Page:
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Newspaper Page Text
laid the body on the sidewalk just Nas
an ambulance came hurrying up. A
surgeon leaped from the vehicle.
"Will he live?" asked Hogan.
"He's dead," the surgeon answer
ed, giving the body a "Sursoiy survey.
Hogan almost swore only he re
membered that he was a policeman.
"Not him," he said, and pointed to
the body of his friend.
"Oh, I beg" pardon," said the sur
geon. "Yes, it's only a flesh wound.
He's coming to now. Why, what's
this on your coat?"
"Never mind me," gasped Hogan
and fell into the surgeon's arms.
And it was odd, but the first
thought that came into his mind after
that was the fear that somebody had
sawed through the legs of his bed.
The man at his bedside must have
understood, for he stretched out'his
hand and took Hogan's in his.
v "Glory be, my lad, you're coming
to," he said. "No, there won't be
any more bed-sawing, Hogan. Say,
lad, you've got to get well as quick
as you can, because the boys are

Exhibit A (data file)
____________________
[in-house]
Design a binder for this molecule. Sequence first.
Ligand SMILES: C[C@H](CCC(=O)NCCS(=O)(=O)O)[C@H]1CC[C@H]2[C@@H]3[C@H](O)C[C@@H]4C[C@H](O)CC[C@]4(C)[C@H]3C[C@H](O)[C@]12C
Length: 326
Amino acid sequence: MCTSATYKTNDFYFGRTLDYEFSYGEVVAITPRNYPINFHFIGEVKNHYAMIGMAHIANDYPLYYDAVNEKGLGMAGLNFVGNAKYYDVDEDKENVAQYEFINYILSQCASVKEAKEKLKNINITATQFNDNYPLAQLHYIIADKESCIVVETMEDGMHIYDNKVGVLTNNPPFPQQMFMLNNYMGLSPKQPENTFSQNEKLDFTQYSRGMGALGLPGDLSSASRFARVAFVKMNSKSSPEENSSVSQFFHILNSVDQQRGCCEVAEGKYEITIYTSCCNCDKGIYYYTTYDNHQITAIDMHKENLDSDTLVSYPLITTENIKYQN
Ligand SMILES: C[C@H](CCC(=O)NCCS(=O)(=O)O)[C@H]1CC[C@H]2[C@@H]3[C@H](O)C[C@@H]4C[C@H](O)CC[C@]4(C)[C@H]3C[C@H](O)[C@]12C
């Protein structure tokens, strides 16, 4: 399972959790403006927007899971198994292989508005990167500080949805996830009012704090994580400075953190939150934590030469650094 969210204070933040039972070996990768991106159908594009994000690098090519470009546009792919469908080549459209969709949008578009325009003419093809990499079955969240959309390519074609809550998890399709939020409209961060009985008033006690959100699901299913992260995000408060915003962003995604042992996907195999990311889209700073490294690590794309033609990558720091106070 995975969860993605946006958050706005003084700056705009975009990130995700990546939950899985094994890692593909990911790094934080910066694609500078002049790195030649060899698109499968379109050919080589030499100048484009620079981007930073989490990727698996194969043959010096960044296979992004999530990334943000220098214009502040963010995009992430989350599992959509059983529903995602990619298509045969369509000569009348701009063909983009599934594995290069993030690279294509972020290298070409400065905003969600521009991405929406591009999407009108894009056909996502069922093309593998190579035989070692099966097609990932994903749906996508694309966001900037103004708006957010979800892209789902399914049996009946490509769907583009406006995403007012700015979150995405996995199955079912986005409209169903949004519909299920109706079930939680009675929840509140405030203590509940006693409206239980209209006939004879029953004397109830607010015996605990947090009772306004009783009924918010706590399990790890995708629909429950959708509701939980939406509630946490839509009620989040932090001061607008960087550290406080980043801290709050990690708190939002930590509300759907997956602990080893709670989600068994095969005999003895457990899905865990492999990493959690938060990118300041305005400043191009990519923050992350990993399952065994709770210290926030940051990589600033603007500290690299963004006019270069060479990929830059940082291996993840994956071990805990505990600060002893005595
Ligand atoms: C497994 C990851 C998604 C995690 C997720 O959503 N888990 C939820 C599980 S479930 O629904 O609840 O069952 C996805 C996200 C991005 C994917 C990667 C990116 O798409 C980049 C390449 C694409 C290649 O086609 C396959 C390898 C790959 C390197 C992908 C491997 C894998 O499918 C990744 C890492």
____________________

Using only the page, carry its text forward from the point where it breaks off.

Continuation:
waiting to give you another sort of
reception at the station house."
MUSHROOMS ON TOAST
Peel and remove stalks. Have a
sauce pan with tablespoon of melted
butter. Place mushrooms in butter.
Put over slow fire. Saute on each
side. Place on toast. To the butter
left inpan add -one heaping table
spoon of flour; blend until smooth.
Add one cup of cold milk. Stir to
avoid lumps. Cook five minutes, turn
over mushrooms and toast and serve
Peel and cook parsnips until soft
enough to mash. Season with salt
and pepper to taste. When cool make
into balls. Set aside to become per
fectly cold. Roll in fine bread crumbs,
then in beaten egg. Then again in
bread crumbs. Allow to stand at
least an hour. Put in frying basket.
Drop in deep fat until brown.
COMMANDER OF ONE OF U. S.
DESTROYERS AT VERA CRUZ
. i cervw
' oftenant - Commander C. R.
:n charge of torpedo destroyer
I -m of North Atlantic fleet.
i o o
AT DO YOU MEAN UP TO
'.e man who is "up to snuff' is
own brother to the man who can
"smell a rat," but neither of them
have any connection with the mussy
brown dust that makes folks sneeze.
The man who is "up to snuff" was
first heard of a very long time ago
when word "snuffen," meaning smell,
was still in the old German dictionar
ies. To "snuffen" at first meant to
smell things with the, nose, but in
time it cameto mean a person who
was wide awake, meantally sharp and
able to' "smell out" the meaning of
things in politics or in public affairs.
Hence the person, who had more dis
cernment than his neighbor was "up
to snuff." s
Crease marks can be at once re
moved with petrol but with no light
near! Work from beyond the' mark
gradually towards the center of iU